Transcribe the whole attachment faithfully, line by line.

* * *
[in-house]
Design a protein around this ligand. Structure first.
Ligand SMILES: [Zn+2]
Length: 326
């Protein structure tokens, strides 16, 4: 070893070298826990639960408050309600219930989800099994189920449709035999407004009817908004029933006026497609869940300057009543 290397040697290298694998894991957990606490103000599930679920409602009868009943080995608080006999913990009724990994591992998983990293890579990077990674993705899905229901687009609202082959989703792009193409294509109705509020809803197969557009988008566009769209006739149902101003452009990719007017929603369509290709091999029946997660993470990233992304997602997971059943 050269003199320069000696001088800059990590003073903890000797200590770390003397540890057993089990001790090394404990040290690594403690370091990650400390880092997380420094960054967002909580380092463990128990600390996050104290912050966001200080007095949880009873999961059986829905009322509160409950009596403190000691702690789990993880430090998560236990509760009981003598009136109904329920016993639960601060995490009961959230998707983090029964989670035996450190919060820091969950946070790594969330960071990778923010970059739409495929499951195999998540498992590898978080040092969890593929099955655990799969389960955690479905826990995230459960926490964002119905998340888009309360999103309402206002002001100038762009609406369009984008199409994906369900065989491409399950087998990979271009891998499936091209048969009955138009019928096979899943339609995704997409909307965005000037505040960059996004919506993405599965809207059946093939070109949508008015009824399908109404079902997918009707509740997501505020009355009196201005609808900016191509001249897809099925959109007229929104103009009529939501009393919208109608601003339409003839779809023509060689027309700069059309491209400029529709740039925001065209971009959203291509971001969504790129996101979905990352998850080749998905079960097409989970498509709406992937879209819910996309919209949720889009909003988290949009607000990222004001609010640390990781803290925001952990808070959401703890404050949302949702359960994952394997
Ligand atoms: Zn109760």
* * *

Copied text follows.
[in-house]
Design a protein around this ligand. Structure first.
Ligand SMILES: [Zn+2]
Length: 326
């Protein structure tokens, strides 16, 4: 070893070298826990639960408050309600219930989800099994189920449709035999407004009817908004029933006026497609869940300057009543 290397040697290298694998894991957990606490103000599930679920409602009868009943080995608080006999913990009724990994591992998983990293890579990077990674993705899905229901687009609202082959989703792009193409294509109705509020809803197969557009988008566009769209006739149902101003452009990719007017929603369509290709091999029946997660993470990233992304997602997971059943 050269003199320069000696001088800059990590003073903890000797200590770390003397540890057993089990001790090394404990040290690594403690370091990650400390880092997380420094960054967002909580380092463990128990600390996050104290912050966001200080007095949880009873999961059986829905009322509160409950009596403190000691702690789990993880430090998560236990509760009981003598009136109904329920016993639960601060995490009961959230998707983090029964989670035996450190919060820091969950946070790594969330960071990778923010970059739409495929499951195999998540498992590898978080040092969890593929099955655990799969389960955690479905826990995230459960926490964002119905998340888009309360999103309402206002002001100038762009609406369009984008199409994906369900065989491409399950087998990979271009891998499936091209048969009955138009019928096979899943339609995704997409909307965005000037505040960059996004919506993405599965809207059946093939070109949508008015009824399908109404079902997918009707509740997501505020009355009196201005609808900016191509001249897809099925959109007229929104103009009529939501009393919208109608601003339409003839779809023509060689027309700069059309491209400029529709740039925001065209971009959203291509971001969504790129996101979905990352998850080749998905079960097409989970498509709406992937879209819910996309919209949720889009909003988290949009607000990222004001609010640390990781803290925001952990808070959401703890404050949302949702359960994952394997
Ligand atoms: Zn109760």